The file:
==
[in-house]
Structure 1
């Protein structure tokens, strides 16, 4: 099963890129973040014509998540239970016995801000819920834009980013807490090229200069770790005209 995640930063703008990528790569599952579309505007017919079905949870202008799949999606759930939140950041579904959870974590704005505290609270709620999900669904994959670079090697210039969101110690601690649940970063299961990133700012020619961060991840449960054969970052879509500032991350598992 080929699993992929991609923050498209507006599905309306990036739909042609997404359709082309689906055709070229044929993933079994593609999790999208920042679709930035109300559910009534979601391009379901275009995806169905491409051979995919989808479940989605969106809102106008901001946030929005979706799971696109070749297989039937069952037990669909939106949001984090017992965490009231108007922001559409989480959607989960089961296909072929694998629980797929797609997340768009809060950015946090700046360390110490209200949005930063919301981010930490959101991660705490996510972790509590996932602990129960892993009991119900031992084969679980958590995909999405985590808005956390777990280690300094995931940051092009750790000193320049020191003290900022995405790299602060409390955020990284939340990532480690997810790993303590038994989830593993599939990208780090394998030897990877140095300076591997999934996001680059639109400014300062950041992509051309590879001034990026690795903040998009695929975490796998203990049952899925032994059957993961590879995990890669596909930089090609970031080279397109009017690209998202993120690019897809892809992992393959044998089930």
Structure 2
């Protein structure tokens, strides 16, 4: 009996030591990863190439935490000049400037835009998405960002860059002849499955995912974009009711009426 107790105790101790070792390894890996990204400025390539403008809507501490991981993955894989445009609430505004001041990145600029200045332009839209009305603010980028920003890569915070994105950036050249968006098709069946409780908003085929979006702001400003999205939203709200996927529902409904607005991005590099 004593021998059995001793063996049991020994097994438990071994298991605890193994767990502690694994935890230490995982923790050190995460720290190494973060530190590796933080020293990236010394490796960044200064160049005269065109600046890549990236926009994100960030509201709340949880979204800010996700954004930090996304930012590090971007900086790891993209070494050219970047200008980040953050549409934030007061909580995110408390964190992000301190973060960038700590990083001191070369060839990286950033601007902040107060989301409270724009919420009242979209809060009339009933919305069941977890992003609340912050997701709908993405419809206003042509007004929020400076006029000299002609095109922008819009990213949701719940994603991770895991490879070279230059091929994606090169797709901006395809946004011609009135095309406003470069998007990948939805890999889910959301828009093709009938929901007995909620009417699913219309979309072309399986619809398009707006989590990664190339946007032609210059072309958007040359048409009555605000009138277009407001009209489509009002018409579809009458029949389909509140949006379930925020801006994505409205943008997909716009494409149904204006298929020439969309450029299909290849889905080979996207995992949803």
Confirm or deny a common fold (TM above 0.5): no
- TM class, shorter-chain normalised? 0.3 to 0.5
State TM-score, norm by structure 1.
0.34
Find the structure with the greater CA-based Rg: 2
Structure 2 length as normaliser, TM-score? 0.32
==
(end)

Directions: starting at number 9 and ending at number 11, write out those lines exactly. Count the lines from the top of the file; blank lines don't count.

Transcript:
0.34
Find the structure with the greater CA-based Rg: 2
Structure 2 length as normaliser, TM-score? 0.32